(Photo submitted)
(Photo submitted)
BY ED GEBERT

Times Bulletin Editor

egebert@timesbulletin.com

The following is a look at one of two candidates running for the Ohio 82nd District State Representative seat. Today we talk to the Republican nominee Tony Burkley. On Friday, we will talk with Independent candidate Pete Schlegel.

VAN WERT - Tony Burkley is no stranger to work. He has been a part of his family business, an auto parts store and hardware business in Paulding, for more than 40 years. For the past 16 years he has also served Paulding County as one of the county commissioners. Now he is looking for a new place to work - Columbus.
Burkley is the Republican candidate in the 82nd House District. Van Wert County was moved into this district after redistricting. The Paulding County native touts his government experience in the commissioner's office as great preparation to take over in the Statehouse.

"There are a lot of changes that have happened in the 16 years I have been commissioner," he stated. "Local government has had to adjust to the ever-decreasing amount of revenues that seem to be coming to the local level, especially the last four years. The last four years have been the biggest changes."

Among the changes Burkley has been a part of in Paulding County is combining services with neighboring Defiance County, a partnership which was the first of its kind in Ohio. When the director of the county's Job and Family Services branch left, Paulding County reached out to combine forces to use one director for the two counties. The idea worked well enough the two counties now share a fraud investigator to look into welfare fraud. The JFS fiscal officer position may also soon be a combined post, saving each county money.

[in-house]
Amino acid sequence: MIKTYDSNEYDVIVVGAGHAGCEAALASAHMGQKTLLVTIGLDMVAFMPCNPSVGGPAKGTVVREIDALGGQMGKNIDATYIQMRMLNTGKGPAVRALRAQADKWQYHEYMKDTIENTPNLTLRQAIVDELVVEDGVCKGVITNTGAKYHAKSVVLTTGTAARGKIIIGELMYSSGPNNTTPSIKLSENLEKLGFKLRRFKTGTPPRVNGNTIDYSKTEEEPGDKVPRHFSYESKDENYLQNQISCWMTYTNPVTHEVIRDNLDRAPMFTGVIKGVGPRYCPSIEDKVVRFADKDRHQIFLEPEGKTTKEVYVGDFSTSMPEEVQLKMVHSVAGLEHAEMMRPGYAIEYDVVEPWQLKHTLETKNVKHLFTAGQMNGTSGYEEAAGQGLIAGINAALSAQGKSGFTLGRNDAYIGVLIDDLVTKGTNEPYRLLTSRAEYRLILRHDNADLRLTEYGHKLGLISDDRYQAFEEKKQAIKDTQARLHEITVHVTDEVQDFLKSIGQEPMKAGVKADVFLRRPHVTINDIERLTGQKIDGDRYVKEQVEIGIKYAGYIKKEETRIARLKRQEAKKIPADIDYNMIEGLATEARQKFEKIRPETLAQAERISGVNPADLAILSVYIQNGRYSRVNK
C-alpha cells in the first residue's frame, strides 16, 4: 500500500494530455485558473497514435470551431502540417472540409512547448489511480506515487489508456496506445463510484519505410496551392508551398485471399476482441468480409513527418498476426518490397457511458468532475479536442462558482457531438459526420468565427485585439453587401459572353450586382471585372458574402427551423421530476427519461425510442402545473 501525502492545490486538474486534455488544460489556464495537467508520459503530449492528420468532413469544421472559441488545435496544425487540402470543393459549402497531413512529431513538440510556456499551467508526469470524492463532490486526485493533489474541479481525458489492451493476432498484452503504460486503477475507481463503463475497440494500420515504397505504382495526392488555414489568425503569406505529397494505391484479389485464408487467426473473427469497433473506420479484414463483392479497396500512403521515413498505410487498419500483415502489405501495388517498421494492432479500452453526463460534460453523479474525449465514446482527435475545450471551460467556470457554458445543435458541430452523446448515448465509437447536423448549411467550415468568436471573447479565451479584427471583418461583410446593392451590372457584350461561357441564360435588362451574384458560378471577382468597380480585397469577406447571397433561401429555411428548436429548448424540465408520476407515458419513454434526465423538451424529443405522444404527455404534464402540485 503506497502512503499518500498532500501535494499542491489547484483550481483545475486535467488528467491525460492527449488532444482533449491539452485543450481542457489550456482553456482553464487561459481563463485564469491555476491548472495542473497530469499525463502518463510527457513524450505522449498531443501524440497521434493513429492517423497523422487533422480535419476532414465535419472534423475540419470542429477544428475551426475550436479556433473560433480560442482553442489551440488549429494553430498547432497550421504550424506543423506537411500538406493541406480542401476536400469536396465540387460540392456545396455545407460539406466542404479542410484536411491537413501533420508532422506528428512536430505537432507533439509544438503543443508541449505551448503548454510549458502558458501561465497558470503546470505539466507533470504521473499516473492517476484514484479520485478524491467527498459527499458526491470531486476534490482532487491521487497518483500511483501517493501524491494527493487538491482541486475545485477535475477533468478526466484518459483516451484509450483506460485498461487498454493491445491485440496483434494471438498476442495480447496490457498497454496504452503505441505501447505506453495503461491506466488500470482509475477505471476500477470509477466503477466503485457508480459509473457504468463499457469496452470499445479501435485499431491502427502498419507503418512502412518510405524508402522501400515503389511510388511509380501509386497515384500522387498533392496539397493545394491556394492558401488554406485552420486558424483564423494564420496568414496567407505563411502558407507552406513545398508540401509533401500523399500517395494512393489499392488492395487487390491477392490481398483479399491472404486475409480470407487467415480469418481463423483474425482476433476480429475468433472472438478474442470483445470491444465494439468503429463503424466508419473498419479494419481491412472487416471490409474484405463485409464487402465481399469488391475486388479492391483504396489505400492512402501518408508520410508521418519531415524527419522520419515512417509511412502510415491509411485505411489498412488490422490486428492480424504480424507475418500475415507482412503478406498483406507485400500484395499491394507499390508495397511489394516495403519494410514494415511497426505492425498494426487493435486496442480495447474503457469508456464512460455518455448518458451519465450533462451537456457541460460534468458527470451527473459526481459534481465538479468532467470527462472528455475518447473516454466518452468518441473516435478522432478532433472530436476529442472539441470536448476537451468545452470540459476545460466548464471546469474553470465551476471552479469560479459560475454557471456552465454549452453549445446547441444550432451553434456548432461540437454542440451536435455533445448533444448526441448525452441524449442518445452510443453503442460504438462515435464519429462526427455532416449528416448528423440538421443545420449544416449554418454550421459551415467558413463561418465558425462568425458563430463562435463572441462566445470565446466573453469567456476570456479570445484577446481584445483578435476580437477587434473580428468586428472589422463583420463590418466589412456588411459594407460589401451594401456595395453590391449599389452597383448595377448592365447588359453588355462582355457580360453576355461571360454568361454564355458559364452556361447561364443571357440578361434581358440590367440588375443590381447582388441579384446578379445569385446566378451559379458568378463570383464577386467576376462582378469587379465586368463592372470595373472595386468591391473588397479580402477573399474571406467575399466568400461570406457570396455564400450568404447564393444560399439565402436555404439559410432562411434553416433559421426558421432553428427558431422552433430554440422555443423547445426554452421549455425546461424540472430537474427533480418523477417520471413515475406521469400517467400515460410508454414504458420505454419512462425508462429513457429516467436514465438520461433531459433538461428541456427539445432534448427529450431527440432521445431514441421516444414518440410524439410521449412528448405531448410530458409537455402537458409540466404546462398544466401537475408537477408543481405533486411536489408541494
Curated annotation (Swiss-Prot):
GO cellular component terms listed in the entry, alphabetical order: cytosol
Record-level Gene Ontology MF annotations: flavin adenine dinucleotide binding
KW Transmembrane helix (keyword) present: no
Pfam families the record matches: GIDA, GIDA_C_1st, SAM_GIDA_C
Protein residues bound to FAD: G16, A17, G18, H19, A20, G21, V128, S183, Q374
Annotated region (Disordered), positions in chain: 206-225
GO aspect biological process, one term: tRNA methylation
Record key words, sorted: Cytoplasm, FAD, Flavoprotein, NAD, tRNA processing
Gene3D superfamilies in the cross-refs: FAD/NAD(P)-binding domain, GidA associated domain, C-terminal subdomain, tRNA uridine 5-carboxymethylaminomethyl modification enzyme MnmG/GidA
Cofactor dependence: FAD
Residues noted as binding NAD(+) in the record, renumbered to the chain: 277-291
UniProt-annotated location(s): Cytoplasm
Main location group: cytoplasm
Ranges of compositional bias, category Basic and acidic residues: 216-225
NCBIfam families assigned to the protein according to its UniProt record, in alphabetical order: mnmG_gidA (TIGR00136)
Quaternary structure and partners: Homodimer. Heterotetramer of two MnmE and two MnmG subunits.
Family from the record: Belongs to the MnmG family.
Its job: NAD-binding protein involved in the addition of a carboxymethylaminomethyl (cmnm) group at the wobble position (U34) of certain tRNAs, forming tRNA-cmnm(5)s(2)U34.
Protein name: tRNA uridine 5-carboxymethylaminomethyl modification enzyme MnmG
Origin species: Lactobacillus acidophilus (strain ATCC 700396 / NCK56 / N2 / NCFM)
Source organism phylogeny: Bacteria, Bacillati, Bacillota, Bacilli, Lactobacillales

Burkley admits the commissioners have had to cut staff due to budget constraints in the county. The toughest decision was in cutting 26 full-time positions with the closing of the Paulding County Jail a few years ago.

"That was at a time when resources were getting thin, and the numbers started making sense that it would be cheaper to house our prisoners elsewhere. As time goes on, that may not be as advantageous financially, and we may have to open it back up. But this was our best option, " said Burkley.

With 16 years of local government experience, often having to deal with laws and policies emanating from state government, Burkley has had plenty of chances to deal with the reality that happens when legislation is passed at the State Capitol.

"We often run into unintended consequences from legislation when it comes down the pike, so I may have a little bit better insight into how I think it might impact local communities," Burkley stated. "Now when I look at decisions that are made in Columbus, I have a perspective of seeing how it will impact county commissioners and their budgeting and how it could affect Job and Family Services or Soil and Water Conservation District. I have had the opportunity to meet those challenges as they come."

Burkley also points to his business experience that would help in translating the effect on business on actions taken by the Legislature. That comes into play especially when it comes to increasing jobs. Burkley said he is very excited about the Van Wert Super Site manufacturing site and the possibilities for not only filling the over 1,500 acres, but also bringing in business that will complement that new employer.

He observed, "I think if people have a job, it solves a multitude of problems. One, they start paying taxes into the general revenue fund. And also, they are not a burden on society. One of the things I would like to do is encourage business to hire people and take them off the government rolls from welfare of unemployment. I think we should offer some type of credit to that business if that person stays on their payroll for an extended period of time."

Other passions of Burkley include passage of the so-called Heartbeat Bill which would limit abortions in the state if language that would pass Constitutional muster can be adopted. He is also eager to interact with those he is serving.

Burkley concluded, "I have a history of service to people, both in business and government. I have a history of being accessible to the public. People know where I am. I give out my phone number readily. They contact me on a constant basis with their concerns and things that need addressed, and I think I've made an effort to address those things."